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It's tough to enjoy life when you don't like yourself. People who haven't learned to accept and get along with themselves tend to have more difficulty accepting and getting along with others. Yet, the Bible repeatedly tells us to "love your neighbor as yourself." I personally spent years having a hard time getting along with people, until I finally realized through the Word of God how my difficulty with other people was actually "rooted" in my difficulties with myself.
The Bible says a good tree will bear good fruit, and a rotten tree will bear rotten fruit. Likewise, the "fruit" of our lives comes from the "root" within us. If you're rooted in shame, guilt, inferiority, rejection, lack of love and acceptance, etc., the fruit of your relationships will suffer. However, once you have a revelation of God's unconditional love for you and begin to accept yourself and others, eventually these new roots will produce good fruit, and your relationships will thrive.
Here are a few tips I believe will help you succeed at being yourself.
1. Never say or think negative things about yourself, such as, "I never do anything right." "I'll never change." "I'm ugly." "I look terrible." "I'm dumb." "Who could ever love me?" Matthew 12:37 says, ...by your words you will be justified..., and by your words you will be condemned…. Proverbs 23:7 says, …as [a man] thinketh in his heart, so is he. In other words, the way we talk and think about ourselves reveals how we feel about ourselves.
2. Speak good things about yourself (as private confessions) in line with what the Word says about you. For example: "I am the righteousness of God in Christ." "I am made acceptable in the Beloved." "God created me and formed me with His own hands, and God doesn't make mistakes." I like starting the day making good confessions. Perhaps you can do this while you're driving to work or cleaning house. I also encourage you to look in the mirror and say out loud, "God loves and accepts you, and so do I." You may even try hugging yourself. This is beneficial to people who have lacked love and acceptance in their lives.
3. Never compare yourself with other people. God must love variety or He wouldn't have created us all differently—even down to our fingerprints. You'll never succeed at being yourself if you're trying to be like someone else. Other people can be a good example to you, but duplicating even their good traits will manifest differently through your individual personality.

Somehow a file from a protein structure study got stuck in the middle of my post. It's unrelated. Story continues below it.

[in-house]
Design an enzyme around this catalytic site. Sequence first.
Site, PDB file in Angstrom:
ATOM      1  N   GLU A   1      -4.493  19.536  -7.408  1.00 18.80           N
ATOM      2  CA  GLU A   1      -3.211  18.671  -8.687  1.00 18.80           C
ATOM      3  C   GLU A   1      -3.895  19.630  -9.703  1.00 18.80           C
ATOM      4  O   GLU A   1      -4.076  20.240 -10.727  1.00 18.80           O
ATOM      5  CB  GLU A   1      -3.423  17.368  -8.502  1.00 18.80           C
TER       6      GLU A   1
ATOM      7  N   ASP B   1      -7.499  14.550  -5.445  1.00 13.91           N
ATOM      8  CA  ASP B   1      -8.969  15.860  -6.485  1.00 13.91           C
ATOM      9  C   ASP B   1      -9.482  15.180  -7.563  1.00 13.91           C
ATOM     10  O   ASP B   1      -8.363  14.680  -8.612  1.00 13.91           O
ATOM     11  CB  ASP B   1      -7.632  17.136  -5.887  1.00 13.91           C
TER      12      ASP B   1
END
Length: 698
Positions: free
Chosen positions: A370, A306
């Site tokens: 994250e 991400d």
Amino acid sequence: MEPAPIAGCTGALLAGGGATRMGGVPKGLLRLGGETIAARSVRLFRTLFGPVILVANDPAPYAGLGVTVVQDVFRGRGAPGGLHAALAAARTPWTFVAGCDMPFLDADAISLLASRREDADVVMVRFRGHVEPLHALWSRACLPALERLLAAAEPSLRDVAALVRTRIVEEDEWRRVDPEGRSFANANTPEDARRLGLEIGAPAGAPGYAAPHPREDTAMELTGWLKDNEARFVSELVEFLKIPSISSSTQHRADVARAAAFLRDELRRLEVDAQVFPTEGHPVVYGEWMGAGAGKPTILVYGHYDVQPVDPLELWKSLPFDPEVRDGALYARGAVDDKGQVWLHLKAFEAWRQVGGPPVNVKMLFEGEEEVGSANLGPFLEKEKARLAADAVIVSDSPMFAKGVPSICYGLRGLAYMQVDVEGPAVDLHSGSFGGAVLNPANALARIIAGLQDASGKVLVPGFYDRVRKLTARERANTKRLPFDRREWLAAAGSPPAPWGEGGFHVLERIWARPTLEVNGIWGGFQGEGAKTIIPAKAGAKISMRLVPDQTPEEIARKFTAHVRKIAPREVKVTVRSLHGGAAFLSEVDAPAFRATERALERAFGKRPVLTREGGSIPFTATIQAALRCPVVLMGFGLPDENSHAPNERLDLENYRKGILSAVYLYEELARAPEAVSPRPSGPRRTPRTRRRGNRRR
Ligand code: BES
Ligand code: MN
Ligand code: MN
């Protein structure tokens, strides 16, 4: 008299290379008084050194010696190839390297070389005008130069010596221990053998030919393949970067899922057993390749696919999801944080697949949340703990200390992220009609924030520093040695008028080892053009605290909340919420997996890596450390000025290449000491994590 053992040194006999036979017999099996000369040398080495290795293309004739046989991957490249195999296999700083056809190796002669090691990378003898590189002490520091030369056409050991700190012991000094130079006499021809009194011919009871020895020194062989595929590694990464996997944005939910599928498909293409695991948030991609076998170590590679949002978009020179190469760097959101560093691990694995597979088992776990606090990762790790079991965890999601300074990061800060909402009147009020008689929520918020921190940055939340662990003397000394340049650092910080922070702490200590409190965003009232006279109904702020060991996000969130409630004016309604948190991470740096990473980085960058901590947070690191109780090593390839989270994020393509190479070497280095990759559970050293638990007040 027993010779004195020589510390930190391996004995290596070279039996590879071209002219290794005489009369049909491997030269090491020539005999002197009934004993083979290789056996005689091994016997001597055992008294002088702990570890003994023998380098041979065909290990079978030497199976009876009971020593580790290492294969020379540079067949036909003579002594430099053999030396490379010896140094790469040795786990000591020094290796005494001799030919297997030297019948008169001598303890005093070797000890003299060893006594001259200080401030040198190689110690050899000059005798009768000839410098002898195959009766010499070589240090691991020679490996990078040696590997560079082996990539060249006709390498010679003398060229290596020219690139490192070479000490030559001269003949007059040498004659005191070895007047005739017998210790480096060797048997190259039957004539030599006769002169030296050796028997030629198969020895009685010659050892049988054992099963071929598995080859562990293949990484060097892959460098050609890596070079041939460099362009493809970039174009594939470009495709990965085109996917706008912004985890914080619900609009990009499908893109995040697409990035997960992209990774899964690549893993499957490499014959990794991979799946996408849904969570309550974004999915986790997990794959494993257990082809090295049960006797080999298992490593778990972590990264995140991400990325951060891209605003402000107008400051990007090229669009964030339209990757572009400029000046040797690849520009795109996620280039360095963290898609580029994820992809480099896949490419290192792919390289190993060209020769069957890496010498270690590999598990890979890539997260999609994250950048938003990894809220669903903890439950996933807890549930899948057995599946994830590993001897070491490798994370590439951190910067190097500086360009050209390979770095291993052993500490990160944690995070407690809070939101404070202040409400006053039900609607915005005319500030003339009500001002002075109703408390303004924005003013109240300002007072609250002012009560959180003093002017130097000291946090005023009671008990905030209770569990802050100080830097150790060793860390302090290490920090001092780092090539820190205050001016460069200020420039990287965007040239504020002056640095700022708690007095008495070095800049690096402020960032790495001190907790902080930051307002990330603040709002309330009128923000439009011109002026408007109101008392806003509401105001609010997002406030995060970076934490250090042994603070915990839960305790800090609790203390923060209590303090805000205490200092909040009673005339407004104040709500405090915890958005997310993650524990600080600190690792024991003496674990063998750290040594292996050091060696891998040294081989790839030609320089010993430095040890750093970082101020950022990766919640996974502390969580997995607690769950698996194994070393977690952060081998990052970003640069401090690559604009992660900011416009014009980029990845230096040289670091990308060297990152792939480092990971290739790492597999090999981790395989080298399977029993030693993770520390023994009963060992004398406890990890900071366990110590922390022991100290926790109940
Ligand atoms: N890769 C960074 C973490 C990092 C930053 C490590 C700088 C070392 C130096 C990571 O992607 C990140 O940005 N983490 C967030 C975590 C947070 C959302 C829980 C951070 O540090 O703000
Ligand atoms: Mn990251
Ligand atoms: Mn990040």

4. Focus on your potential instead of your limitations. Actress Helen Hayes was told early in her career that if she were four inches taller she'd be the greatest actress of her time. Her coaches tried various methods of stretching her, but nothing increased her height. She refused to concentrate on the supposed limitation of being five feet tall and decided to concentrate on her potential. As a result, she was eventually cast as Mary, Queen of Scotland—one of the tallest queens who ever lived.
5. Find something you like to do that you do well, and do it over and over. If you spend your time doing things you're not good at, it'll frustrate you and cause you to feel defeated and unsuccessful.
6. Have the courage to be different and deal with criticism. Be a God-pleaser, not a man-pleaser (see Galatians 1:10). If you dare to be different, you'll have to expect some criticism. Going along with the crowd—when you know in your heart God's leading you a different way—is one reason people don't succeed at being themselves. You won't like yourself very much if you go against your own convictions.
7. Don't let the way another person treats you determine your worth.
8. Keep your flaws in perspective. People with a high level of confidence have just as many weaknesses as people without confidence, but they concentrate on their strengths—not their flaws or weaknesses.
In conclusion, let me remind you of my opening statement: It's tough to enjoy life when you don't like yourself. When you learn to succeed at being yourself, you'll be well on your way to enjoying life more fully.
This article is taken from Joyce's book, How to Succeed at Being Yourself.